So to scale its purpose, Biggby would have to build a culture that reliably delivered both exemplary human and financial results. The team started calling this the Biggby Effect. With the intellectual framework in place, all that was left to do was to determine the specific numbers. The human side came first: “by December 31, 2028, 90 percent of people who have been working for Biggby Coffee for at least a year will have a positive personal score on the Life You Love self-assessment.” Biggby would roll the purpose out to the entire franchise system over the next four years and begin measuring the extent to which people love their lives (as defined by the criteria they had established the prior year). They would tweak their training and development protocols and other internal systems until they achieved the goal.
But the leadership team entered its final meeting of the year not yet aligned on a growth goal that was both sufficiently ambitious to power the Biggby Effect and even remotely realistic. The pain from the layoffs the previous week demanded a kind of rigor and passionate debate the team had not seen before. The meeting almost ended several times as people fought both frustration and flagging mental energy.
As the clock wound down and the team faced the real possibility that they would fail to keep their word to finish the process that year, the tone of the meeting shifted. Someone made a call to reach for greatness, not because it seemed within reach, but precisely because it didn’t yet. The leaders grounded these sentiments with data on what other franchises had achieved and how fast they had done it. Finally, one of the managers proposed setting the target at crossing $1 billion in gross revenue for all retail cafe sales within 10 years.
Mike couldn’t believe his ears. The truth was, he’d been doing some of his own personal visioning work lately, and so he felt in touch with the power of an ambitious goal. He’d decided he still wanted to own the Red Wings, but now he had another legacy in mind. In thirty years, he would be 76 years old and ready to retire. He’d be in Orlando or Las Vegas because those are the only two cities with venues large enough for the more than 10,000 people who will then attend Biggby Coffee annual franchise meetings. Mike would make a final presentation and the room would give him a steady and sustained standing ovation because it would be filled with thousands of people who credit Biggby with supporting them in building a life they love. Mike would walk out of that room and into retirement knowing that it had all been worth it.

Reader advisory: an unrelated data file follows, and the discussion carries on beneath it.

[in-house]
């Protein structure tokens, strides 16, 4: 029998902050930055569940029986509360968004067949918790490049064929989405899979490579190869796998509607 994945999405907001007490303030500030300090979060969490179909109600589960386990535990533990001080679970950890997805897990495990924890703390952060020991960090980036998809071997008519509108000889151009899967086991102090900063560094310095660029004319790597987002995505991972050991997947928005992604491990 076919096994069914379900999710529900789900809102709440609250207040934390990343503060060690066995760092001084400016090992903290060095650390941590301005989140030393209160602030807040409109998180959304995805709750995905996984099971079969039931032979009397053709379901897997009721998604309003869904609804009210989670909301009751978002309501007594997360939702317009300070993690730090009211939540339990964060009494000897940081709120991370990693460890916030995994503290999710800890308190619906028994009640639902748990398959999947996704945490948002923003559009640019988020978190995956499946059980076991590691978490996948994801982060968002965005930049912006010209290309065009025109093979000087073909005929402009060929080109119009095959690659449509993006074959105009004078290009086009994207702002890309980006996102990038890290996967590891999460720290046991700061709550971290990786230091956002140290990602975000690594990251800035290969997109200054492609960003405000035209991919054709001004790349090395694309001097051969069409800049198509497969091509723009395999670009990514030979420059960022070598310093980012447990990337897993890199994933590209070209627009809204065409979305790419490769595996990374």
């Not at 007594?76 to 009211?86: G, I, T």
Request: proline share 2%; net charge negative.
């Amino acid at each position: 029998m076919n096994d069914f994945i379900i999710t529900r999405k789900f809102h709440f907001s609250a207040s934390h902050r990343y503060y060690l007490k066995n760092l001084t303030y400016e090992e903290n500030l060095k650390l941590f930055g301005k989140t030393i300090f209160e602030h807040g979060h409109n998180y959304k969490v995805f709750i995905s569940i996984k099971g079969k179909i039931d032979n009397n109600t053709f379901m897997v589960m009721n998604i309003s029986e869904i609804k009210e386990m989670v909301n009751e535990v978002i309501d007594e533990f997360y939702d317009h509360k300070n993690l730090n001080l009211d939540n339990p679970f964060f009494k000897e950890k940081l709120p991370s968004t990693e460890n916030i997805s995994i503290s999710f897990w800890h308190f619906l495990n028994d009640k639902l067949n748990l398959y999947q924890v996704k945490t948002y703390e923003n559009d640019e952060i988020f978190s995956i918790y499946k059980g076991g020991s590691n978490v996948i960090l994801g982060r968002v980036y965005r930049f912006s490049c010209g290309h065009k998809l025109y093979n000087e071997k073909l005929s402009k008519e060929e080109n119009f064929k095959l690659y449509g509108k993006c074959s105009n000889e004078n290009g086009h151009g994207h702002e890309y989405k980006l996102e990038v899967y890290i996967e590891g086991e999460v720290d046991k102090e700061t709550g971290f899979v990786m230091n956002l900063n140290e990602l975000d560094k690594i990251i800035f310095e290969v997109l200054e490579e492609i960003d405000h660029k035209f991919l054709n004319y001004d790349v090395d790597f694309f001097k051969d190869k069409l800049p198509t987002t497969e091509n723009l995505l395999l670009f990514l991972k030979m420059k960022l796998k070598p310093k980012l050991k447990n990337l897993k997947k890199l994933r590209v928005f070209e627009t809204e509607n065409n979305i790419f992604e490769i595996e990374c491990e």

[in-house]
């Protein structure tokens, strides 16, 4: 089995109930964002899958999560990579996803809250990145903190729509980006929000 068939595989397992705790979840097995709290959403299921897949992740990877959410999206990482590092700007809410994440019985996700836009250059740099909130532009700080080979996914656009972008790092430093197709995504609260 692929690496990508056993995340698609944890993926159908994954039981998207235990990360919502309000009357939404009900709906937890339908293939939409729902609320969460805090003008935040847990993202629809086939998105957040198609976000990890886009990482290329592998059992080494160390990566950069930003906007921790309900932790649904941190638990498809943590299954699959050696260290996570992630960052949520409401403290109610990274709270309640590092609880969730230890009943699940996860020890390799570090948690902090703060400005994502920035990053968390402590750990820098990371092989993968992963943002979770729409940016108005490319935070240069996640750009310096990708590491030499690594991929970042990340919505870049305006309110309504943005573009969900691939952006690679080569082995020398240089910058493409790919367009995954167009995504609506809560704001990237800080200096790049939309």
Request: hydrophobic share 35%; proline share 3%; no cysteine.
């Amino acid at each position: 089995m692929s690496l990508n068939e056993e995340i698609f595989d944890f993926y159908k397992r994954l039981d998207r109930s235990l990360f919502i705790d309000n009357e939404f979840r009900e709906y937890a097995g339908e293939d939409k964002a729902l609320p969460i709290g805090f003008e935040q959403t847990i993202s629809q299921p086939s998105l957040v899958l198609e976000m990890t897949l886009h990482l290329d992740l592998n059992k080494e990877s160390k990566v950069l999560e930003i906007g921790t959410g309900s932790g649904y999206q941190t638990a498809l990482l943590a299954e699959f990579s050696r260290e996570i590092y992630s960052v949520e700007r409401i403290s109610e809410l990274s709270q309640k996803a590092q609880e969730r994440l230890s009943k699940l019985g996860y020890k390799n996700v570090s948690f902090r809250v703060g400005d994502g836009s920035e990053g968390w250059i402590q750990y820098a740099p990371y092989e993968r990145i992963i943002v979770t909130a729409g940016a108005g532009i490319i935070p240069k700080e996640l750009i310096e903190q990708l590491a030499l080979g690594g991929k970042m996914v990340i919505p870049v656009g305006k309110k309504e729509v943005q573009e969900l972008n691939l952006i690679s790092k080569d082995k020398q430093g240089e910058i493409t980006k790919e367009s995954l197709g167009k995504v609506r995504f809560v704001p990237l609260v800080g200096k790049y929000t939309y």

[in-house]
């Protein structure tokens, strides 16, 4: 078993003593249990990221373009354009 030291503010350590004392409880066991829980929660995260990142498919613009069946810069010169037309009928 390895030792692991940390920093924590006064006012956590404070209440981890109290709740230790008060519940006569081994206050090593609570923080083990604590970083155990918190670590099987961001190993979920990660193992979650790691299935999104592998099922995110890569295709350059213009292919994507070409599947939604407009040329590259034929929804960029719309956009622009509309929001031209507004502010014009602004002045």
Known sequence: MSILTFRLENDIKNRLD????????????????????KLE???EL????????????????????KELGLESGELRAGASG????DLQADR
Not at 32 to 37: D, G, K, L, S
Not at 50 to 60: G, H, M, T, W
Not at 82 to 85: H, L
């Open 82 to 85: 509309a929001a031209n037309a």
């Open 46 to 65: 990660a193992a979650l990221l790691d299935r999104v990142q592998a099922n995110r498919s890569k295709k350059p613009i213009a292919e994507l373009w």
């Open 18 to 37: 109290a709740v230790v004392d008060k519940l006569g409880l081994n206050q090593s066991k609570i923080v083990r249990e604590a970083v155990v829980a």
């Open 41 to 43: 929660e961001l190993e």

Back in the big meeting room, he waited silently until several others expressed support for the $1 billion target before enthusiastically adding that he refused to believe that a team this talented wouldn’t be able to figure out how to reach such a goal. They called the vote and the proposal passed.
It was 4:00 p.m. on Thursday, December 14th, 2017, and the meeting stood adjourned. The leadership team was exhausted. But before leaving, they paused to savor the moment. Mike, Bob, and the whole Biggby family read the words projected on the screen in front of them: